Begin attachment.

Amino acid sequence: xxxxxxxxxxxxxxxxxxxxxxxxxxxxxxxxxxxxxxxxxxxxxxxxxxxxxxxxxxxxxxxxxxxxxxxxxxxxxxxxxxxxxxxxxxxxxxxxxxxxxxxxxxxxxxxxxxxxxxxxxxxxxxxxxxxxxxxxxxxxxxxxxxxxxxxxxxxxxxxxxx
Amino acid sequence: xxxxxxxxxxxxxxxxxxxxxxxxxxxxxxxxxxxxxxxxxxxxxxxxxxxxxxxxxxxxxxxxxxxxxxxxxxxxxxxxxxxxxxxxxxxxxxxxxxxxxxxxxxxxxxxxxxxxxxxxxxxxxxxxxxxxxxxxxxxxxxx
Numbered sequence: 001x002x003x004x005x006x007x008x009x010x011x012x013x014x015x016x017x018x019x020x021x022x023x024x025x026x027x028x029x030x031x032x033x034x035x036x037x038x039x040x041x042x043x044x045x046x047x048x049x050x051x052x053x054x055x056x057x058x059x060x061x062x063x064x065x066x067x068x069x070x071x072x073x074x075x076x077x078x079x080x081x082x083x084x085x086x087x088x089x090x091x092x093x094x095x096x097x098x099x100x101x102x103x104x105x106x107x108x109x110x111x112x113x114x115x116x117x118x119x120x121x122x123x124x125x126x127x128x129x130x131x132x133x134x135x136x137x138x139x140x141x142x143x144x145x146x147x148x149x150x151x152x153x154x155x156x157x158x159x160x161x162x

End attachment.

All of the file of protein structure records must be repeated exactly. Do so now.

Amino acid sequence: xxxxxxxxxxxxxxxxxxxxxxxxxxxxxxxxxxxxxxxxxxxxxxxxxxxxxxxxxxxxxxxxxxxxxxxxxxxxxxxxxxxxxxxxxxxxxxxxxxxxxxxxxxxxxxxxxxxxxxxxxxxxxxxxxxxxxxxxxxxxxxxxxxxxxxxxxxxxxxxxxx
Amino acid sequence: xxxxxxxxxxxxxxxxxxxxxxxxxxxxxxxxxxxxxxxxxxxxxxxxxxxxxxxxxxxxxxxxxxxxxxxxxxxxxxxxxxxxxxxxxxxxxxxxxxxxxxxxxxxxxxxxxxxxxxxxxxxxxxxxxxxxxxxxxxxxxxx
Numbered sequence: 001x002x003x004x005x006x007x008x009x010x011x012x013x014x015x016x017x018x019x020x021x022x023x024x025x026x027x028x029x030x031x032x033x034x035x036x037x038x039x040x041x042x043x044x045x046x047x048x049x050x051x052x053x054x055x056x057x058x059x060x061x062x063x064x065x066x067x068x069x070x071x072x073x074x075x076x077x078x079x080x081x082x083x084x085x086x087x088x089x090x091x092x093x094x095x096x097x098x099x100x101x102x103x104x105x106x107x108x109x110x111x112x113x114x115x116x117x118x119x120x121x122x123x124x125x126x127x128x129x130x131x132x133x134x135x136x137x138x139x140x141x142x143x144x145x146x147x148x149x150x151x152x153x154x155x156x157x158x159x160x161x162x